Most people knew Bernadine Healy, who died Saturday, August 6, as the former head of the National Institutes of Health and the American Red Cross. Fewer knew of her struggle with brain cancer. In the 2007 book excerpted here, Healy used her unique perspective and personal struggle with the disease to explore the state of cancer research, care, and treatment today and tomorrow.
Originally published on usnews.com on April 1, 2007.
So this is how I die.
These words ran through my mind as I lay in the emergency room of the Cleveland Clinic on Valentine's Day, 1999. Only a few hours earlier, my husband, Fred, and I were sitting up in bed watching the Oscar De La Hoya fight. At some point that I cannot recall, I passed out, only to awaken with the local rescue squad standing by our bed. I soon found myself strapped to a narrow gurney in an ambulance with flashing lights, hurtling along dark, deserted streets into midtown Cleveland.
Patrick Sweeney, the neurologist who was the attending physician that evening, met us in the ER, ready to perform the usual neurological tests for what my husband believed had been a seizure. Fred is a renowned cardiac surgeon and at the time was the director of the Cleveland Clinic, but he was pure husband that night. He listened attentively to Sweeney and acted as the best of spouses would, making sure I was comfortable, squeezing my hand, and calming my nerves with lighthearted jokes: "Hey, was this just your way of getting out of watching the prizefight?"
But very shortly we found that my blackout had not been an inconsequential seizure after all. The spell had resulted from a good-sized tumor growing in the left side of my brain. I asked Sweeney if it was malignant. Leaning over the rail, peering into my eyes, he said simply, "Yes."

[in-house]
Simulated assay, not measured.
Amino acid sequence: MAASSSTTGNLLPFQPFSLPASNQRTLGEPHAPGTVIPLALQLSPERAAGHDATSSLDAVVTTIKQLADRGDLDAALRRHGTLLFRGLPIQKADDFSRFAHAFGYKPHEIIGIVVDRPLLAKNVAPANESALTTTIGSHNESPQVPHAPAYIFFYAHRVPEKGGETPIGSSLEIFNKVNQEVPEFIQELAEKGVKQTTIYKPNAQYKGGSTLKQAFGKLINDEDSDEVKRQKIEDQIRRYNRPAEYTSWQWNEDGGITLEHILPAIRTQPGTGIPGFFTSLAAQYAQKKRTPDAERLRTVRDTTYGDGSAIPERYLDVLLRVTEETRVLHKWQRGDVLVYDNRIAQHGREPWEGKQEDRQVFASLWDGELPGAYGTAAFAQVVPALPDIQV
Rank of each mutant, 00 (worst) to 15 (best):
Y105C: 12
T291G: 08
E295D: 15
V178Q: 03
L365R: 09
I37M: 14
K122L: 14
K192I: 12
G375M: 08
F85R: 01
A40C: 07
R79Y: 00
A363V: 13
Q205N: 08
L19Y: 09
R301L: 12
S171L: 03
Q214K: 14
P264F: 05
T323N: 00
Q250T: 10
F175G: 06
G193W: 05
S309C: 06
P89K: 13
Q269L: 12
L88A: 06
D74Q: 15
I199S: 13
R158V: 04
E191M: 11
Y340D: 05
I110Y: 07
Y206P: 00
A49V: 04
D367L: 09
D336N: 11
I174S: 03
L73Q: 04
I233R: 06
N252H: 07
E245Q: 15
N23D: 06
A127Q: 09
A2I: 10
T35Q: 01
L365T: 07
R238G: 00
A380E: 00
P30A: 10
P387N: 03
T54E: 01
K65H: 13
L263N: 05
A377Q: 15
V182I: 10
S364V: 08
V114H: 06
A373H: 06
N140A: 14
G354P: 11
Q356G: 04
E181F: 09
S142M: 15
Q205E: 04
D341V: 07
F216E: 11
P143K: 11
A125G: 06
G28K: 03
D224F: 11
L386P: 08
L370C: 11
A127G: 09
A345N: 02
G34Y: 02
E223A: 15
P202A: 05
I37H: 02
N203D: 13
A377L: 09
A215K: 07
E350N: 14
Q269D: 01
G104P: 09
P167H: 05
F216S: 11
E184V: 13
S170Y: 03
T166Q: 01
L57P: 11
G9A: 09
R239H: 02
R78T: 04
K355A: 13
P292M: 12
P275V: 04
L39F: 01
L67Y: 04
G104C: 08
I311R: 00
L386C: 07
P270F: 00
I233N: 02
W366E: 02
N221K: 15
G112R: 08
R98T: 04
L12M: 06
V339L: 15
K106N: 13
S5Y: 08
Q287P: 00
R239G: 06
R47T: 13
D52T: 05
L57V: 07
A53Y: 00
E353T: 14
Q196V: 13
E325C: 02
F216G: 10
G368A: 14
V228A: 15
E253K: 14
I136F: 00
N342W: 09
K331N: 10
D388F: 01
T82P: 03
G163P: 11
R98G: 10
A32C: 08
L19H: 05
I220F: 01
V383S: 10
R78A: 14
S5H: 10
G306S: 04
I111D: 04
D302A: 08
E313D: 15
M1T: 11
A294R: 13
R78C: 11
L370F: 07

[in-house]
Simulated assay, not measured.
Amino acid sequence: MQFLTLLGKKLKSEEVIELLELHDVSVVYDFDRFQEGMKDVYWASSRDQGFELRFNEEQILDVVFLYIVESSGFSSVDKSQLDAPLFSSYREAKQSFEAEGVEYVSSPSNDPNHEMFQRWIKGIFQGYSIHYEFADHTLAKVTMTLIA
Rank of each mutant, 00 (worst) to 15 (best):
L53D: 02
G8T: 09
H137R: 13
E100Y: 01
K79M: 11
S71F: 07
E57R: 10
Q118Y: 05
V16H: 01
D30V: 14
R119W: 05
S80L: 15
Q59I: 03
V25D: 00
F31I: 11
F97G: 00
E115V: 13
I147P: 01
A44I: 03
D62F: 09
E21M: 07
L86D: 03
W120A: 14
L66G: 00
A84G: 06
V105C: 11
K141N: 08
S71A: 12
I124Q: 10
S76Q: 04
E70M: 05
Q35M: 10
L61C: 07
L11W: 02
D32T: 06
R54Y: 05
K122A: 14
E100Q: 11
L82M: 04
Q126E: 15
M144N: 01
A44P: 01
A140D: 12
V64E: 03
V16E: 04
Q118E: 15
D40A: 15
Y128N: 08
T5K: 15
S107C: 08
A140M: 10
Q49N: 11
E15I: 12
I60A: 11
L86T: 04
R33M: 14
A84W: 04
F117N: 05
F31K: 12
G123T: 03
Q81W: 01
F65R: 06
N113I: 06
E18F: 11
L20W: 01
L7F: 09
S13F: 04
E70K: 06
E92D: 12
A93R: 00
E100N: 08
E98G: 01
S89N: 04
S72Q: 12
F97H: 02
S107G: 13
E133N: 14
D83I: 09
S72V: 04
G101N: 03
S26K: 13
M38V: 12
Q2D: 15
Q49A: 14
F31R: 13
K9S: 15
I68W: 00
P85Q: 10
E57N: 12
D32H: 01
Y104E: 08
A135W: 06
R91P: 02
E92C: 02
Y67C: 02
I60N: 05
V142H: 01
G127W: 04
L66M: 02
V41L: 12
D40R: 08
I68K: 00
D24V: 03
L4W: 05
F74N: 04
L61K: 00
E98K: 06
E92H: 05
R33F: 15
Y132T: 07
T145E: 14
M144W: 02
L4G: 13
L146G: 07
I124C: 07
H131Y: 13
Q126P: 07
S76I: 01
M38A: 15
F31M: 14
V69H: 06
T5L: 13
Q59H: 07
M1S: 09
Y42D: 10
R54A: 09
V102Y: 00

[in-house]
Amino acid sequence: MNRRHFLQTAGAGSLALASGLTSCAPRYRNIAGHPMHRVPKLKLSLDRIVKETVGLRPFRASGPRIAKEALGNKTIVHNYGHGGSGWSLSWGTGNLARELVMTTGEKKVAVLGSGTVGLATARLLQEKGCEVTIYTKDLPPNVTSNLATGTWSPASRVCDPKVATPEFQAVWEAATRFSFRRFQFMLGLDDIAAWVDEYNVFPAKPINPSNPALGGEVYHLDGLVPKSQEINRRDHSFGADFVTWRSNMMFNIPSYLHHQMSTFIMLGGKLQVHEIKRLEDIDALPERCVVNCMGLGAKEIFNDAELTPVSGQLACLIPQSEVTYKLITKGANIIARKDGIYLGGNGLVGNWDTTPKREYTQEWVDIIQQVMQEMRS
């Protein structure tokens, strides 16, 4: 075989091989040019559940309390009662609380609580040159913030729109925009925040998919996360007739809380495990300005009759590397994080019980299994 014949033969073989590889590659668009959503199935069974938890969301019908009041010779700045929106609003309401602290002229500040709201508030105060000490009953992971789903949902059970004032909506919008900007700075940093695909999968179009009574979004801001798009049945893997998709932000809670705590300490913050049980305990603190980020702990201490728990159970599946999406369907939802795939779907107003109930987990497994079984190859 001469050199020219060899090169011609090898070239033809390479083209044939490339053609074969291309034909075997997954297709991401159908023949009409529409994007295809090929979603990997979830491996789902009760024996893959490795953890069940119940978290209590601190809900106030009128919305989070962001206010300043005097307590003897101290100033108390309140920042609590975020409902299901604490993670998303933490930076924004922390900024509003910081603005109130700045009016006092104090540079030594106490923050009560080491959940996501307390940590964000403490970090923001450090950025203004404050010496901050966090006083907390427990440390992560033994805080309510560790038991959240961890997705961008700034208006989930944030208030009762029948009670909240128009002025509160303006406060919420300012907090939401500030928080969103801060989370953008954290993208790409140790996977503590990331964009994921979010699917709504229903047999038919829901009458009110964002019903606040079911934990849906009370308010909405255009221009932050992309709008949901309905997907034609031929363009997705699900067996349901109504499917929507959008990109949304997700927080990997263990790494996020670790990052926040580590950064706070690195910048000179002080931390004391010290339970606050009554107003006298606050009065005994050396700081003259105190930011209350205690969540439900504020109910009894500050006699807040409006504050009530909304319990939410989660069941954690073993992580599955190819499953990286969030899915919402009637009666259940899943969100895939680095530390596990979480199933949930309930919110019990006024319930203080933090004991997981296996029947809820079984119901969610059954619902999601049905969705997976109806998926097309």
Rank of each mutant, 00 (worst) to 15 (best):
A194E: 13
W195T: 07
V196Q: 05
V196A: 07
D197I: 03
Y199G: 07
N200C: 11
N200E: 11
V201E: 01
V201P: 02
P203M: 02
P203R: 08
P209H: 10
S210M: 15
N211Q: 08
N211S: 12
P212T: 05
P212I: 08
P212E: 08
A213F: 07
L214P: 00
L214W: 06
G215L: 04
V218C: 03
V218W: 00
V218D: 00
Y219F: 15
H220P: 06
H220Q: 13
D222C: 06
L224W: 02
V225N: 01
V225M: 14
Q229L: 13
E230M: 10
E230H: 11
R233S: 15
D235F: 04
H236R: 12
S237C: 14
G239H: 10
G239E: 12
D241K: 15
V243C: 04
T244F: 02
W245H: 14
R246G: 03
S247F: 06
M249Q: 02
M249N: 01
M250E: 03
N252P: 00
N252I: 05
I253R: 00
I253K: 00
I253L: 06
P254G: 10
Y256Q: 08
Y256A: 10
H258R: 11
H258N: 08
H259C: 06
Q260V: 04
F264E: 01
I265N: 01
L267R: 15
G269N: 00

All I could think was: So this is how I die. Not in a car accident or a plane crash, not felled by a heart attack in honor of my own medical specialty. It would be by my own cells, mutating and roaming inside my body—in my head, no less. I felt powerless and immobile. My own life's work with the critically ill brought me no special strength or solace; if anything, I knew too much. This cancer was insidious, already having grown to a near-fatal state in my brain without ever tipping me off. Not one hint.
Looking up into the sad, drawn face of my husband, I knew that all of our medical expertise combined would not help us cope with this numbing news. No matter who we are, from whatever background, we all feel the same chill upon hearing the "C" word.
My husband got the wheels in motion. He arranged for the surgery that would be performed a few days later by Gene Barnett, his colleague and director of the Cleveland Clinic's Brain Tumor and Neuro-Oncology Center. Barnett would remove as much of the tumor as he could. Though he did not spell it out to me in detail at the time, Barnett believed the tumor was what's called a glioma. A glioma is a tumor that arises in the brain's glial cells (astrocytes and oligodendrocytes), whose function is to create supporting structures for neurons, or nerve cells. Cancers are usually graded from I to IV based on how nasty they look under the microscope. He speculated mine was a grade III glioma made up of a mix of both forms of glial cells.
I pressed Barnett as to what his diagnosis would mean for my future. His answer was sobering: With a full course of treatment, including surgery and radiation and possibly follow-up chemotherapy, I might have one or two good years, maybe more; with surgery alone, it would be less. In either case, the outcome would be improved if he was able to remove the entire tumor. But that was the rub, and a big one. The tumor was in an unlucky location: on the left side of my brain.
Like most people, I'm "left-brained." If I had to have a brain tumor, I knew from my basic medical training that having it on my dominant side was not the best news. The situation was even dicier because the mass sat near the brain's speech center. If by some stroke of good fortune my speech center happened to be located on the right side of my brain, or present in both brain hemispheres, the risk that removing the tumor could damage my ability to speak would be eliminated. So, prior to surgery, I would have a special test to determine something most of us never need to know—exactly where all my chatter was coming from.